The aerodynamics of Santa’s sleigh!

Santamory has the answer!

santamory2Hello, Santamory here! You know, the one in charge of all the science and technology here at the North Pole.

Now I know many of you have seen images of Santa’s sleigh – some of you may have even had a go at designing you own version. But I’m gonna let you in on some of the secrets.

With his sleigh, Santa flies to every single house across the globe in a single night. That’s got to be one pretty aerodynamic toboggan, right? Well for many years it wasn’t. The reindeer had to work extremely hard to pull the original clunky sleigh through the air.

Then one day some clever elves worked out that the air resistance, or should I say drag, on the sleigh was pretty high. When something like an aeroplane – or a sleigh – moves through the air, every part of it generates drag – this makes it harder for it to travel forward. It’s the job of designers – or in my case, elves – to make sure that the shape of a vehicle generates as little drag as possible. And luckily Elves are brilliant designers. And a good job too.

The most aerodynamic shape in the world is a drop of rain when it’s falling – the front is a very big semicircle, then it smoothly forms a point. You will see the same type of shape on an aircraft wing – the front is a semicircle, and then the wing tapers into a very aerodynamic form, so the airflow nicely follows the shape.

On the other hand, shapes that are jagged or non-streamlined create a lot of drag since they cause the flow of air to change suddenly and make the air push up against the object. This is why airplanes and cars are often curved and smooth – not flat fronted like a house – because the less drag a vehicle creates, the less power you’re going to need to move.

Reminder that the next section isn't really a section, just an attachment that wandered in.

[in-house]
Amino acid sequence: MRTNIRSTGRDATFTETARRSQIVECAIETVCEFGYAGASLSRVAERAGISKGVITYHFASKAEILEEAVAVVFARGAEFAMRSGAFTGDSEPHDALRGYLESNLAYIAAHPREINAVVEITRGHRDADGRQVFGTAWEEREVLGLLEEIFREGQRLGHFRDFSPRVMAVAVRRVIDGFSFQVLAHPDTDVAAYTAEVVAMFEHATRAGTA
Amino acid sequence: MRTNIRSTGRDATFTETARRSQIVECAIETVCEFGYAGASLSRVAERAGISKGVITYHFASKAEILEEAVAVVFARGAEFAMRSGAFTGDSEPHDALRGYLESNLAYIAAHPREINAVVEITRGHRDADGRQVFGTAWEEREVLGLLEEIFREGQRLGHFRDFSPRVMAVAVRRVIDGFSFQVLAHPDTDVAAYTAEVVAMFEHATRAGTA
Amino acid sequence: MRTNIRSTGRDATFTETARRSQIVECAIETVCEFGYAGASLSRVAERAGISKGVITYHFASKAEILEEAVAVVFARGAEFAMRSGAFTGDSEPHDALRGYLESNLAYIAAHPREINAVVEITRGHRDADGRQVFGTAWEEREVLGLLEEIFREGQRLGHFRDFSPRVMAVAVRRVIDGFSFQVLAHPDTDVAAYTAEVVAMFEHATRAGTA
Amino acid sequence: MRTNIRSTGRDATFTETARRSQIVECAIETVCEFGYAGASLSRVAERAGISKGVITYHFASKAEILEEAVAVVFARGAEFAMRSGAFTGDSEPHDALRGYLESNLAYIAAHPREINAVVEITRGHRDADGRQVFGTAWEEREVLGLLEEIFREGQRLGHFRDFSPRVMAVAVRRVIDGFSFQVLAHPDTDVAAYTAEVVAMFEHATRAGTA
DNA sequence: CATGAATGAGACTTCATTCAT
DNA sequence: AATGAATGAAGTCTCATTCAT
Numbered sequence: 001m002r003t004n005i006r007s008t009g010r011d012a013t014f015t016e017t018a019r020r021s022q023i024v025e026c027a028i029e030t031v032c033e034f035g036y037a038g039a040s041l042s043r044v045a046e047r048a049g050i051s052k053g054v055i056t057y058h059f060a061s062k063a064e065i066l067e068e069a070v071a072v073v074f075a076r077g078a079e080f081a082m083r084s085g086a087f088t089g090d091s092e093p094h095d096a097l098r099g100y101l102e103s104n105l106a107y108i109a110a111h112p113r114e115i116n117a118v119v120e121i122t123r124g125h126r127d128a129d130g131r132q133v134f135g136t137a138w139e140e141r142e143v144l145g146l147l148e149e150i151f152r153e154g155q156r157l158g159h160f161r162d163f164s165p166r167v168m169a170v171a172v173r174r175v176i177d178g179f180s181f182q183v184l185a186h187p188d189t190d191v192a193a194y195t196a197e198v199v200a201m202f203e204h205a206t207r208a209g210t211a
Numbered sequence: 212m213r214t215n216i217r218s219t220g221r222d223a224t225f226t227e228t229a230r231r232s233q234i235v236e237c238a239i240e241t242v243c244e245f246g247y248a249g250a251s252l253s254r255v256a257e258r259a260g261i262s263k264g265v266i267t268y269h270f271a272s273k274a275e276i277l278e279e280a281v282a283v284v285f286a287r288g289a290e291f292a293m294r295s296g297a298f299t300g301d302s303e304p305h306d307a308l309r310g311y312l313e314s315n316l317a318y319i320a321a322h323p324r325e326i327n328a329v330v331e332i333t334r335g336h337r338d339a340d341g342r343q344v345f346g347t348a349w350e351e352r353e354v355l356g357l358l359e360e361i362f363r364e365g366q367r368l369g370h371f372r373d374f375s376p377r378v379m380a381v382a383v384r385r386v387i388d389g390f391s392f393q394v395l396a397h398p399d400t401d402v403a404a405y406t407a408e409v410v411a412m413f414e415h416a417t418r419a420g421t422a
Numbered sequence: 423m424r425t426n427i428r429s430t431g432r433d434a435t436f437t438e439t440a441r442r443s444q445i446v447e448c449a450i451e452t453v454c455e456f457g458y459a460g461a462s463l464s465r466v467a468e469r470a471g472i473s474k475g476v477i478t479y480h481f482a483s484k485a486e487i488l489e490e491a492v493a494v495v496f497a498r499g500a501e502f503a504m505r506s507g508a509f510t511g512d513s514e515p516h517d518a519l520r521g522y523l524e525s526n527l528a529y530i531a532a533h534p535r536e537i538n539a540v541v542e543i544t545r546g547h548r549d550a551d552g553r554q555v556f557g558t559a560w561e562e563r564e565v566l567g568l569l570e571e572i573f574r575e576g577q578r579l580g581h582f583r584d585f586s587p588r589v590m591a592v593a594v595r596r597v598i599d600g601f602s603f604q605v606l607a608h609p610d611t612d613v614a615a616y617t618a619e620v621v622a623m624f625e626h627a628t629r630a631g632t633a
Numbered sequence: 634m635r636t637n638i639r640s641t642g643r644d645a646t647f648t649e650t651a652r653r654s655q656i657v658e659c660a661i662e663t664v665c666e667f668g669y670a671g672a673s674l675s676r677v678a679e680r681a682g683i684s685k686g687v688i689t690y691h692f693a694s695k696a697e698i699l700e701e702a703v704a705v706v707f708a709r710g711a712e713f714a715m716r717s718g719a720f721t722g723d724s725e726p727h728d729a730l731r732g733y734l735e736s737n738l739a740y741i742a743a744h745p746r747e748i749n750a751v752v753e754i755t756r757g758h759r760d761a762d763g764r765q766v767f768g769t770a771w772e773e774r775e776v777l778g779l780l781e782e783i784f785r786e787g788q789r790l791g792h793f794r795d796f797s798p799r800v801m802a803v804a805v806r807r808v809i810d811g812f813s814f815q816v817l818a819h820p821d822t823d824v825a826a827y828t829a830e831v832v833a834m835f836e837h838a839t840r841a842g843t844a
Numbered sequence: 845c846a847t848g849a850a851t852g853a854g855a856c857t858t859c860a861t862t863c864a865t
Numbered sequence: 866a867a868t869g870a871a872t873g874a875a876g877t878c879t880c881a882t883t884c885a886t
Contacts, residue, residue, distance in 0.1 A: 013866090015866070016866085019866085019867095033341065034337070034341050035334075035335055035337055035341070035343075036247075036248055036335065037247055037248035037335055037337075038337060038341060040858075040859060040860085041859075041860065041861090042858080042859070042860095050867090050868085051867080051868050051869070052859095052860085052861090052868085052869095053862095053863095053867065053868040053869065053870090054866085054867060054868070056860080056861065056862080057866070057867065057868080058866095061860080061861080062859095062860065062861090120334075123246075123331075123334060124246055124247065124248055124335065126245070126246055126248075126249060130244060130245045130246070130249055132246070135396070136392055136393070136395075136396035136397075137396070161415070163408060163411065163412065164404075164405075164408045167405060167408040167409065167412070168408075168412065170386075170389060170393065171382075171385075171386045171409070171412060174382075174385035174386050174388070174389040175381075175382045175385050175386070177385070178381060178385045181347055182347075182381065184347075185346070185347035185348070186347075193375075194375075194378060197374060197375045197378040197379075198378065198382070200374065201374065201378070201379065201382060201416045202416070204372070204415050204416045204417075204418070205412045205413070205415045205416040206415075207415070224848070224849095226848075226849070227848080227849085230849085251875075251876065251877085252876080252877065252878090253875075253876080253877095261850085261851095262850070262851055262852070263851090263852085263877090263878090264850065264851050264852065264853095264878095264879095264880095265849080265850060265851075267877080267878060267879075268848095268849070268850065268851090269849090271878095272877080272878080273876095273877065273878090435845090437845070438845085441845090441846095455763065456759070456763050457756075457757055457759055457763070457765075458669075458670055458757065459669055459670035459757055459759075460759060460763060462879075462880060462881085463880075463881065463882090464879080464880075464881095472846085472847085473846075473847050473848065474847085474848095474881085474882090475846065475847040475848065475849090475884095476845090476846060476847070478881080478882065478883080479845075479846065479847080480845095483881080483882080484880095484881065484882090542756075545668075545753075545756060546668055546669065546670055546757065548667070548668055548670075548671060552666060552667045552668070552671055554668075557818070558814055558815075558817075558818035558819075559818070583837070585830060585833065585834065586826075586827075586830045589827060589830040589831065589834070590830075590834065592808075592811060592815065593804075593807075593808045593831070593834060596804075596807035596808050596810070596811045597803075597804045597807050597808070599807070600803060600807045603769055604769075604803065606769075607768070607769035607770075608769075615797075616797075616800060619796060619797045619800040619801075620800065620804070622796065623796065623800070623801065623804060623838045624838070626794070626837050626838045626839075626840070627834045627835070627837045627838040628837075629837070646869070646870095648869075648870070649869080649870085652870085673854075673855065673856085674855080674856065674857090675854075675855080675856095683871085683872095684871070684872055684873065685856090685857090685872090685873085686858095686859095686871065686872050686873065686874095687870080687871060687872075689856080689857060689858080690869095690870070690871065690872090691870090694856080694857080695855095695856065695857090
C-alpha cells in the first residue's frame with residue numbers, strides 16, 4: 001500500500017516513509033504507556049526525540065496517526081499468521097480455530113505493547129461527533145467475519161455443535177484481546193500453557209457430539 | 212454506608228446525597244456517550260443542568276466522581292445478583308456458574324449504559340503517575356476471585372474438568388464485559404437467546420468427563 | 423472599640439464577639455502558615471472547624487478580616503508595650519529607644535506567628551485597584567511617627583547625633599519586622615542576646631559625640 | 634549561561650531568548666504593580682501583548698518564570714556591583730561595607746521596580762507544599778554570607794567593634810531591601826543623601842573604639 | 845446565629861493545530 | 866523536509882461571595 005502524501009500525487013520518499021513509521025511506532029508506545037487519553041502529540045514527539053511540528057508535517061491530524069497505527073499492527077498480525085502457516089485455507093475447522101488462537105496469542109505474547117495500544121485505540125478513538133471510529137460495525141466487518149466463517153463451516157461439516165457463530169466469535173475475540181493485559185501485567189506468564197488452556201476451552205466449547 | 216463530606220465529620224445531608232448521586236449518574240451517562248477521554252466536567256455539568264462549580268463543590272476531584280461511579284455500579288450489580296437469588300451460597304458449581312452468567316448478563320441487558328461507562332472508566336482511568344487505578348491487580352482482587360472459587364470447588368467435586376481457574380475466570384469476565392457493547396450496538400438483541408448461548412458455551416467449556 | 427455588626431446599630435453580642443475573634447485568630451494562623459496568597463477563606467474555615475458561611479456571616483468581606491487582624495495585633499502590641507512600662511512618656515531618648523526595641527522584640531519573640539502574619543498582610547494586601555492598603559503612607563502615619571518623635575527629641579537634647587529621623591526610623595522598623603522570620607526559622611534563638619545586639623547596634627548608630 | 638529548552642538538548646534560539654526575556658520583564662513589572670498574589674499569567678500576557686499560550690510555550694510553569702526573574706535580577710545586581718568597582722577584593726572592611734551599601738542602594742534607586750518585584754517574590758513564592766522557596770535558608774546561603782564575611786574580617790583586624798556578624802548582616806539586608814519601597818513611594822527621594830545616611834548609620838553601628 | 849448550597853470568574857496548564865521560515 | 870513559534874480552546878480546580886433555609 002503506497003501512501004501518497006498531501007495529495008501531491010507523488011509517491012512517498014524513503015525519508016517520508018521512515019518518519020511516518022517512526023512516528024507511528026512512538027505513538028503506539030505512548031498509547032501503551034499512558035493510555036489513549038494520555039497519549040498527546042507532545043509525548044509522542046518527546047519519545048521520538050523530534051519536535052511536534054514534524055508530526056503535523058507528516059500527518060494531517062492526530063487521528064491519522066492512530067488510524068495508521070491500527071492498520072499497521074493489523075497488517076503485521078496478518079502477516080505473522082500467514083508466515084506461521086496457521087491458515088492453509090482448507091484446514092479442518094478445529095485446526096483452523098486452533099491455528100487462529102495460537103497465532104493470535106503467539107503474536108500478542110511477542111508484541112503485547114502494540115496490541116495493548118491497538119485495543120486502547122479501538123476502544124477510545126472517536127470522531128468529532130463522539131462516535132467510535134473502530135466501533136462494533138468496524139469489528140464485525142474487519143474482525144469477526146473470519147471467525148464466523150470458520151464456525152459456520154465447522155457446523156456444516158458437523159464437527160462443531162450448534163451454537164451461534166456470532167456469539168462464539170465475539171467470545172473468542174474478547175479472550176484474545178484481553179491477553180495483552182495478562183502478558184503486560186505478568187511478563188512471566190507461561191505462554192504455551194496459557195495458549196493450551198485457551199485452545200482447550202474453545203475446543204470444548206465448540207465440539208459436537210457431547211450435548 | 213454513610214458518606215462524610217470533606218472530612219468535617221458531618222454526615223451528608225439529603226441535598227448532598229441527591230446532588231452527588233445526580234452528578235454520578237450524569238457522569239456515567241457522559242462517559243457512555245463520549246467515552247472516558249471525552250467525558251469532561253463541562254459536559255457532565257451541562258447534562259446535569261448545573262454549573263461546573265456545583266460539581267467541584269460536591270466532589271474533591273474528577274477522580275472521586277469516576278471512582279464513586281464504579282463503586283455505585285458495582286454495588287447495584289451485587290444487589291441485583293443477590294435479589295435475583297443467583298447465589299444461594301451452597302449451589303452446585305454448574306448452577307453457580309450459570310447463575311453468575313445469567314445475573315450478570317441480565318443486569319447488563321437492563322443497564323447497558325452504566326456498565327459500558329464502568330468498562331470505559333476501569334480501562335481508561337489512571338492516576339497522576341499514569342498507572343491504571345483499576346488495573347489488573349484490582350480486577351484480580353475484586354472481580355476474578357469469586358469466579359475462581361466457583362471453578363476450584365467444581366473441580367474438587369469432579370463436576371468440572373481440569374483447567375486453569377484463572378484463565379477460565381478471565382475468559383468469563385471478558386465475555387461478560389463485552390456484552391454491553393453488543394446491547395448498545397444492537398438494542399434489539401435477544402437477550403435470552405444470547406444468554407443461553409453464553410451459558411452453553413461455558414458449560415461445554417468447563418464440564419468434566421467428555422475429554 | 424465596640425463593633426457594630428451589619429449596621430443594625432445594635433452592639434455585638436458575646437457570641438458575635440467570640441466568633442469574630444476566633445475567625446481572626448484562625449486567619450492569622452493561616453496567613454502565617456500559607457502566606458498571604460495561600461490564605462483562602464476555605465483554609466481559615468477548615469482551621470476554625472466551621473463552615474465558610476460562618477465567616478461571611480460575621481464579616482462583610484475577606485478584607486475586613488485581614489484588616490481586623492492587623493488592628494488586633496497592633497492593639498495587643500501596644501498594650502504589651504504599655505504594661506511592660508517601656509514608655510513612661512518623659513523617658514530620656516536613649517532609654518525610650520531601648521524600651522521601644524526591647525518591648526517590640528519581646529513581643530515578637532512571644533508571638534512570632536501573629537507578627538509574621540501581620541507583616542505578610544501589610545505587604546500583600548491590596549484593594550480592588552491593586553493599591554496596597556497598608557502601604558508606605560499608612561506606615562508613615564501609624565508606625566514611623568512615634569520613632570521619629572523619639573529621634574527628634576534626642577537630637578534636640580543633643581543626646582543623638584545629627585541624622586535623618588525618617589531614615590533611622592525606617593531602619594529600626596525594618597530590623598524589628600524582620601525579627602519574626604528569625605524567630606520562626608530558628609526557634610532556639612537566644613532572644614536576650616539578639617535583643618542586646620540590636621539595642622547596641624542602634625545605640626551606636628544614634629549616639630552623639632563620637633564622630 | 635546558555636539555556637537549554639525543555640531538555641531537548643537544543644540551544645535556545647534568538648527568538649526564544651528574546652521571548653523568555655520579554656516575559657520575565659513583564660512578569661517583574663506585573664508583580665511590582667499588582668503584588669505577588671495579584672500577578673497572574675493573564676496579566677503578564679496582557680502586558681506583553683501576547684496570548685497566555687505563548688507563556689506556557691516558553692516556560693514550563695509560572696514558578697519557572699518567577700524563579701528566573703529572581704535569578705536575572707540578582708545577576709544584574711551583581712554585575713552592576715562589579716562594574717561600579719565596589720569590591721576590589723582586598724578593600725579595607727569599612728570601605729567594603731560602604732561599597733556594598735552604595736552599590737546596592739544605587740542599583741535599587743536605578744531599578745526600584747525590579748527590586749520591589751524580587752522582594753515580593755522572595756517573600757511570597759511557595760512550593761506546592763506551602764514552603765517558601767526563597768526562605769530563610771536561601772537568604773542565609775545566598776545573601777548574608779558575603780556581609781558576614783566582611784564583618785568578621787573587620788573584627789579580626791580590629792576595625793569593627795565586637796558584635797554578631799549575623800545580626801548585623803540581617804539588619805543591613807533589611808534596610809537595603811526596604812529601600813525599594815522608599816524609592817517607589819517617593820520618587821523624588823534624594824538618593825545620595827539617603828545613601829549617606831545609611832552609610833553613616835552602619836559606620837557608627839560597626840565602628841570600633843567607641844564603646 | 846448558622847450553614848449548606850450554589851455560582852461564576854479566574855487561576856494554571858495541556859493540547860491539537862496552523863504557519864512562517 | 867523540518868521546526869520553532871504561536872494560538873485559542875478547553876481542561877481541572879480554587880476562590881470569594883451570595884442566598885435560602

Now over the last year, the elves have been playing around with all of this to try and create a more modern design for Santa’s sleigh. We experimented with teardrop shapes, creating a more smooth and sleek sleigh that looked more like a sports car than a chair on skis. All those smooth lines eliminated 90 percent of the drag created by the old sleigh design, allowing air to flow more smoothly around. In fact, the new sleigh is so aerodynamically sound that it can handle supersonic speeds.

We also thought of a covered cockpit, so that Santa doesn’t get cold while traveling through the chilly stratosphere, as well as a stealth feature, ensuring that even the most eagle eyed kids can’t see him coming!

But Santa didn’t like any of these ideas – he’s still quite attached to the old sleigh. So we’ve had a go at adapting it to help him get around a little quicker. But I’ll tell you about that next time.

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The Science of Christmas with support from Institute of Physics, The Royal Aeronautical Society and The Institution of Engineering and Technology.


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